After an embarrassing performance in Philly’s second-round loss and tumultous offseason, Simmons’ stock is in the toilet. Still, it’s tough to entirely fade a PG who racks up rebounds, assists, and steals in droves. Simmons’ knocks are the same as they ever were, and his value takes a hit thanks to poor FT% and the complete absence of a long-range game. It’s tough to pin down his value until we find out if and where he’s playing. Simmons has begun his holdout, and even if you want to take a huge gamble on him, I wouldn’t make that selection inside the top-125.

128. John Wall PG (HOU)

Wall has appeared in just 113 games over the last four seasons, and while he can be a strong source of scoring and assists, his poor shooting and turnovers drag his value down significantly when he’s on the court.

129. Malik Beasley PG,SG,SF (MIN)

Beasley is being slept on this season given the injuries and suspensions that cost him all but 35 games last season, but his production can’t be ignored. In his brief first full season with the T-Wolves, Beasley averaged career highs in points (19.6), rebounds (4.4), threes (3.5), and assists (2.4). He’ll lose some of that volume and usage to Anthony Edwards, D’Angelo Russell, and Karl-Anthony Towns, but Beasley has served his prison sentence and NBA suspension, appears to be healthy, and will likely start for Minnesota. He’s probably being undervalued in fantasy drafts right now.

130. Al Horford PF,C (BOS)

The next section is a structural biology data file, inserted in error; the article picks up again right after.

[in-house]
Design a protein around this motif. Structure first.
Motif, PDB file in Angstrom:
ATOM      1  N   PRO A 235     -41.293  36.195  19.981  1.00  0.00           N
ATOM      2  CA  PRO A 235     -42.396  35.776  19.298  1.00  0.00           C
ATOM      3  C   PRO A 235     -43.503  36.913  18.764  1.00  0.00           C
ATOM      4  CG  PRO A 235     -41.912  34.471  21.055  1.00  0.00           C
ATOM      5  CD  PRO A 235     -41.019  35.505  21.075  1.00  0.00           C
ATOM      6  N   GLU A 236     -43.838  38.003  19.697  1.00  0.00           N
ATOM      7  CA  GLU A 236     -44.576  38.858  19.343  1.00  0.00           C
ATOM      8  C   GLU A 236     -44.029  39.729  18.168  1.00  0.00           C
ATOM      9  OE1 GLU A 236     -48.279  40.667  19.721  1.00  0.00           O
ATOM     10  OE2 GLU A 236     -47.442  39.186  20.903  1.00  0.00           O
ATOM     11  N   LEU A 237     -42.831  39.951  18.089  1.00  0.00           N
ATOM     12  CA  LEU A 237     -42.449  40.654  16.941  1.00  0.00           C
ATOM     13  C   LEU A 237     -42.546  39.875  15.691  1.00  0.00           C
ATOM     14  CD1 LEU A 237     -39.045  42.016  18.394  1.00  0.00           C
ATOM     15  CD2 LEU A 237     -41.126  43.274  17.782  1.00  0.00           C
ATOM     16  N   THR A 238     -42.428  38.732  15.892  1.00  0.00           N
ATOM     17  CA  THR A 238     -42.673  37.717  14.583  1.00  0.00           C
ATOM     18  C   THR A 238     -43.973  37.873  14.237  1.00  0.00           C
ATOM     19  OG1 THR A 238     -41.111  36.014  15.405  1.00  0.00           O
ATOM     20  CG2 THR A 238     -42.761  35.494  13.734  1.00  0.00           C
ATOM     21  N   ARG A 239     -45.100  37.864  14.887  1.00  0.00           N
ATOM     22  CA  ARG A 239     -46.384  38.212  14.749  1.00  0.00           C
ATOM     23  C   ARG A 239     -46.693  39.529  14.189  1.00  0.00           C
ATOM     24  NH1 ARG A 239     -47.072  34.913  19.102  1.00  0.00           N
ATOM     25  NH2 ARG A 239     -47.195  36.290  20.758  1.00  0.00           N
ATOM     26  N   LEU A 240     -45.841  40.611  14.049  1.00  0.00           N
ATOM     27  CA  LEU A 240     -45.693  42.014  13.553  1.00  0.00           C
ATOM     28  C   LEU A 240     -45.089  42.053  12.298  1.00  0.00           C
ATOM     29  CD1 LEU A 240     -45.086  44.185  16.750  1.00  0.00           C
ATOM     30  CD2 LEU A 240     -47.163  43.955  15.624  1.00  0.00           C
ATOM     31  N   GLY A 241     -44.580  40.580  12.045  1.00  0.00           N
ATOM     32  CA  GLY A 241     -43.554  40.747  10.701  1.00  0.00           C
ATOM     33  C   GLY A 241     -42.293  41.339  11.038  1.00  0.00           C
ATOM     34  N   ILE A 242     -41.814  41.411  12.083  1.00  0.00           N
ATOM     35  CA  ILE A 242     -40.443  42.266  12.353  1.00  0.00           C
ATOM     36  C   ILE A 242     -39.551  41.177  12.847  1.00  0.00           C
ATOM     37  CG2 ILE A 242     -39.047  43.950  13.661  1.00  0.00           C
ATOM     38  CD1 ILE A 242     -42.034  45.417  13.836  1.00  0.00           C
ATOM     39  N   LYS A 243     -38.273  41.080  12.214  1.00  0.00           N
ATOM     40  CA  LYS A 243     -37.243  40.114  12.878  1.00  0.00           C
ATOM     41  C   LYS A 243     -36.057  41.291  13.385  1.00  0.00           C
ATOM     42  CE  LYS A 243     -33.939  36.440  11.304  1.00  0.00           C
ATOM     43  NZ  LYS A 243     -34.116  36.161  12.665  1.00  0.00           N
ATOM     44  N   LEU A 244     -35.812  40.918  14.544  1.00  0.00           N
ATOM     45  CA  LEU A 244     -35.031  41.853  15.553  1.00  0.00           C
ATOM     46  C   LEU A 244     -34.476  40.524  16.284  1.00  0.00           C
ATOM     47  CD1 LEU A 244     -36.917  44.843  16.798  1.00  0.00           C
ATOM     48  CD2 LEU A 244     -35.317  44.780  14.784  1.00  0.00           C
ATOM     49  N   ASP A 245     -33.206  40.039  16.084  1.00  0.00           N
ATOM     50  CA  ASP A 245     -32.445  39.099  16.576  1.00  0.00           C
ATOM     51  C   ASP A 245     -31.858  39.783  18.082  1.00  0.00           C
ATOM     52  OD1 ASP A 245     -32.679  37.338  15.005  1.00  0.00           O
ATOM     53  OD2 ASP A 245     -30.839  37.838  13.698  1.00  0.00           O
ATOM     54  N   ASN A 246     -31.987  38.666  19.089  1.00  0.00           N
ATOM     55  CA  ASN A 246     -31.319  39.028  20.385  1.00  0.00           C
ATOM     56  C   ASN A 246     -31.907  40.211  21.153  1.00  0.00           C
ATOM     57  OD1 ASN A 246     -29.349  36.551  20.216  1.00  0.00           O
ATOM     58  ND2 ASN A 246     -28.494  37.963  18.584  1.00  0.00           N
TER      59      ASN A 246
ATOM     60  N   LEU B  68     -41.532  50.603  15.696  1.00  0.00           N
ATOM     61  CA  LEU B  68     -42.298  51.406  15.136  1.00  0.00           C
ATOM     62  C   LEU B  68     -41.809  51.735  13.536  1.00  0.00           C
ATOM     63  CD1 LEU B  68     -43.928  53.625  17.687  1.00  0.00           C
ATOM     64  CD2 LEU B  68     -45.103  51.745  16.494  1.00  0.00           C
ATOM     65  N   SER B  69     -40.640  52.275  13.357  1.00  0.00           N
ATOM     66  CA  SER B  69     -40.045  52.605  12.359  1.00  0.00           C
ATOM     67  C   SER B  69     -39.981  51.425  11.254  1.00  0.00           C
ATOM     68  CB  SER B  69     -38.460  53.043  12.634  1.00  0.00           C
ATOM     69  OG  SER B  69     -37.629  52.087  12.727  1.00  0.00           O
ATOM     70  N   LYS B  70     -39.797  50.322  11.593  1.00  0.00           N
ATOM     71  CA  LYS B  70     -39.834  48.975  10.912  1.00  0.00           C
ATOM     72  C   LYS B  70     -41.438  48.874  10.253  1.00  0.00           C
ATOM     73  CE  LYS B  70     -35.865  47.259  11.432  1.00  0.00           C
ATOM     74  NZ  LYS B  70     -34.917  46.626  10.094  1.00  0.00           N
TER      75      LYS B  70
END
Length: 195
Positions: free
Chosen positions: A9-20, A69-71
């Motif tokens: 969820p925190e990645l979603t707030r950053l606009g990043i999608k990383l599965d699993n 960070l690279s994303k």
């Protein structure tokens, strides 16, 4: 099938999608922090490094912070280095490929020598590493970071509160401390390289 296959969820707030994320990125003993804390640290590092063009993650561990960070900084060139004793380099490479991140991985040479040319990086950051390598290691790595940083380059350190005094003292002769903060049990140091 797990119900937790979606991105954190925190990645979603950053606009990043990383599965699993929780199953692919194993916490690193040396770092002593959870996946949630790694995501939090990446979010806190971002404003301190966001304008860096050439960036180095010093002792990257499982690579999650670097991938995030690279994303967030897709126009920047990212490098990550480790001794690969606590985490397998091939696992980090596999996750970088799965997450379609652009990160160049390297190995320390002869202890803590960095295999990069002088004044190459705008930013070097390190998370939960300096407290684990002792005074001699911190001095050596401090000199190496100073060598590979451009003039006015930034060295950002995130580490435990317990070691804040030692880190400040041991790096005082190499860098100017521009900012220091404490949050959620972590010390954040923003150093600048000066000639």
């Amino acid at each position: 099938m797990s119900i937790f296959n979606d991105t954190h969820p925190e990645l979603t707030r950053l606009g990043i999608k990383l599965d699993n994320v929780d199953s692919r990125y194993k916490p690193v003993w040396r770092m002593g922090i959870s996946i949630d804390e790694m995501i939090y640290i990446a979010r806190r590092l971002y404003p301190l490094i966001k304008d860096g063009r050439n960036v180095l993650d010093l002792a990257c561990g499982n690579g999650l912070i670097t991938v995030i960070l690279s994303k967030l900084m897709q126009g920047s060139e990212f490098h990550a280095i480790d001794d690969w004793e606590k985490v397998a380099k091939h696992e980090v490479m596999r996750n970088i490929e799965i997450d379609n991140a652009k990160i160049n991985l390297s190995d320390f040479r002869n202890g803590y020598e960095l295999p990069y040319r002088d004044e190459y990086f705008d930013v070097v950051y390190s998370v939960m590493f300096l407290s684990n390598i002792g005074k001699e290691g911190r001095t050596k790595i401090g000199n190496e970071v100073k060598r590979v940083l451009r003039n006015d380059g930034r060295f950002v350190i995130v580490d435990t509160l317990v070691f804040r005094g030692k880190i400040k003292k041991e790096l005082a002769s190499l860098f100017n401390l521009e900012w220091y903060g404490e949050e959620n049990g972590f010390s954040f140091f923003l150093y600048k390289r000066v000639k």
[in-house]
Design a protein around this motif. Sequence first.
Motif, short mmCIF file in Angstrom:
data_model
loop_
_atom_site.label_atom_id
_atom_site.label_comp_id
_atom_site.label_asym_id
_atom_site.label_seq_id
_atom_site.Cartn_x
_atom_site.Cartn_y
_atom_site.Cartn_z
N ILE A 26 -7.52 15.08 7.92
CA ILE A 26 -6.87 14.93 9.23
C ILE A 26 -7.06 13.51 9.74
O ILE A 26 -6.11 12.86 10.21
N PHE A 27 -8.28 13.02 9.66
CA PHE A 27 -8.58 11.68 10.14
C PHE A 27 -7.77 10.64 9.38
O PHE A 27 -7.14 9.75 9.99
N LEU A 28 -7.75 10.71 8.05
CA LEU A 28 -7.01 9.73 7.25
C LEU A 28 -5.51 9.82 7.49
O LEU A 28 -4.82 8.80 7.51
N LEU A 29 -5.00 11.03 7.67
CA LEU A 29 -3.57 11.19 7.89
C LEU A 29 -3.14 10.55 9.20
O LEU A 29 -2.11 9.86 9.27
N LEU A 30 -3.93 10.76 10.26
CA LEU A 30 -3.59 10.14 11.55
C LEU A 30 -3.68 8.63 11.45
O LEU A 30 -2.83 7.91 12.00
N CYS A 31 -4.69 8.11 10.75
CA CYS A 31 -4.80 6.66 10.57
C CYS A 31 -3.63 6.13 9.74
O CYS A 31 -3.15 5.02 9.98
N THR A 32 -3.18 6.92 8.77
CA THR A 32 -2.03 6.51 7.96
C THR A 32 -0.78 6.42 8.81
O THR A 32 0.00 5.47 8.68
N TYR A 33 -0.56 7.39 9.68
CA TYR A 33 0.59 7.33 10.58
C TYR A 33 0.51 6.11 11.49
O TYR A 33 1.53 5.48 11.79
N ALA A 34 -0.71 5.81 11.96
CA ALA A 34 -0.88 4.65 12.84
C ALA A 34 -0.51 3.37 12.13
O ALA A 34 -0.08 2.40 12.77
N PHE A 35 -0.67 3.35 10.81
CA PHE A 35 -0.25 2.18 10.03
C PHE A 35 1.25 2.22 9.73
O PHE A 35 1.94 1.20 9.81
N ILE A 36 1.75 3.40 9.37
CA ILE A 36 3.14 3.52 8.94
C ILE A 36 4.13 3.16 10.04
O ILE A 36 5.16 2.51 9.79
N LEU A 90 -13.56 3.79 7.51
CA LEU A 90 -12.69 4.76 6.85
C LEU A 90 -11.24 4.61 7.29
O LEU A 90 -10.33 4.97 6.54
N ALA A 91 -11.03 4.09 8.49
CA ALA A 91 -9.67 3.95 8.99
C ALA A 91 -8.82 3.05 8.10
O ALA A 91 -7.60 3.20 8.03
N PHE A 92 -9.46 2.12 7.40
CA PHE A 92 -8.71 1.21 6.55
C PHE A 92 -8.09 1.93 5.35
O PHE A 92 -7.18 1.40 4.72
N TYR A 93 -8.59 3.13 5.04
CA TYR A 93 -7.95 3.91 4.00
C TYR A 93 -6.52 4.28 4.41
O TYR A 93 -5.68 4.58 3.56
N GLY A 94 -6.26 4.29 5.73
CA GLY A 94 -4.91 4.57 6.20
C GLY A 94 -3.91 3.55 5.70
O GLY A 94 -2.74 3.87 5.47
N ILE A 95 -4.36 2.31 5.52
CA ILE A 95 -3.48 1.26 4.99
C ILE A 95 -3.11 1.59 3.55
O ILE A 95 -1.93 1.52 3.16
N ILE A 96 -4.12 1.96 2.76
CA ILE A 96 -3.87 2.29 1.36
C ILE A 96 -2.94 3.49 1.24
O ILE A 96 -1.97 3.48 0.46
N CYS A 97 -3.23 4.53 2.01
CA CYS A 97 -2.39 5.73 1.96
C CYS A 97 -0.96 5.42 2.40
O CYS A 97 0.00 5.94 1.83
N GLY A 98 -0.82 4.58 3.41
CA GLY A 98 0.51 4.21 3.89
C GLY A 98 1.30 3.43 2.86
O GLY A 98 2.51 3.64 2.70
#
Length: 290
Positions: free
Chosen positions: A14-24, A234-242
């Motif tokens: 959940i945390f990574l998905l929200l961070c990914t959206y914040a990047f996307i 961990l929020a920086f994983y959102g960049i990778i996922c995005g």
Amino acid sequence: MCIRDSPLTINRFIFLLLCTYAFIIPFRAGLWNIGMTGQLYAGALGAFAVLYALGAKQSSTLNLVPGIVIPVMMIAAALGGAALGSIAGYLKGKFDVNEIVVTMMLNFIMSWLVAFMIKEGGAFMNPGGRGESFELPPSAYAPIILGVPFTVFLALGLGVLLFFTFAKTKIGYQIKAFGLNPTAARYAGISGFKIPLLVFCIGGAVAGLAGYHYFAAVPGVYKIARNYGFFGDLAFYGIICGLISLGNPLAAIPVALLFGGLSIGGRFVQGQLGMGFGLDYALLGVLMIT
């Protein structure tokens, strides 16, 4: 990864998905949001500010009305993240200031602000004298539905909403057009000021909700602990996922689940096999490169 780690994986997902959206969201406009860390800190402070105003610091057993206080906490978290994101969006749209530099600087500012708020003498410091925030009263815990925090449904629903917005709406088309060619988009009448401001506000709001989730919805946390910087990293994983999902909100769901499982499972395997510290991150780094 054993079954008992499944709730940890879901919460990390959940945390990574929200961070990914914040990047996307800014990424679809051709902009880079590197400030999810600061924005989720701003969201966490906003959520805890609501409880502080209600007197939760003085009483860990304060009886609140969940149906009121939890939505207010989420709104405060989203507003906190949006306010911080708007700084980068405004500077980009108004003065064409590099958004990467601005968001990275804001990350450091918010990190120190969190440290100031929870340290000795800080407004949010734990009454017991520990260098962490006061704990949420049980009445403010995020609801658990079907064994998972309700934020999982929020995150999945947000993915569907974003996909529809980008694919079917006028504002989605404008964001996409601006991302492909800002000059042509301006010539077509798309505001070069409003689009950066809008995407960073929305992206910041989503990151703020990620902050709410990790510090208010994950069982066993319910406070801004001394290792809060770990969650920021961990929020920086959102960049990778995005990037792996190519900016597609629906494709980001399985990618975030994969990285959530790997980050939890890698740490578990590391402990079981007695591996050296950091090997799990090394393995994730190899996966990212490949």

Even though he’s getting a bit long in the tooth, Horford can still provide meaningful numbers for fantasy managers. He’s one of the smartest players in the league who’s known for efficiency, shooting threes, and the ability to contribute across multiple categories.

131. Matisse Thybulle SG,SF (PHI)

Thybulle isn’t likely to be a consistent source of offense for Philly, but his work as a defender keeps him squarely in the top-150. He averaged 1.1 blocks and 1.6 steals last season in just 20 minutes per game, and an increase in playing time would do wonders for his fantasy value. With Ben Simmons likely on the move and Tyrese Maxey a potential trade chip in any hypothetical deal, there’s optimism that Thybulle’s role could expand in Year 3. He’ll need to cleanup his poor shooting to ascend further up the fantasy rankings.

132. Dillon Brooks SG,SF (MEM)

Brooks continued to ascend as a scorer last season, averaging a career-high 17.2 points while chipping in some big games. He’s worth a late-round shot to see if he can improve in the peripheral categories.

133. Scottie Barnes SF,PF (TOR)

Barnes opens the season with the potential to see strong minutes in the absence of Pascal Siakam. Siakam should be back in the lineup within 2-3 weeks of the season starting, but Barnes isn’t likely to fade away. The No. 4 pick in this year’s draft profiles as a strong defender and passer with a high basketball IQ. He’s got a chance to return top-150 value and beyond.

134. Lauri Markkanen PF,C (CLE)

It’s tough to know how Cleveland will dole out its frontcourt minutes, but Markkanen will have to compete with Evan Mobley and Jarrett Allen for playing time. Markkanen is an interesting late-round flier due to his upside as a three-point shooter, but he remains a guy to target in the later rounds of drafts rather than inside the top-100. There are too many question marks right now.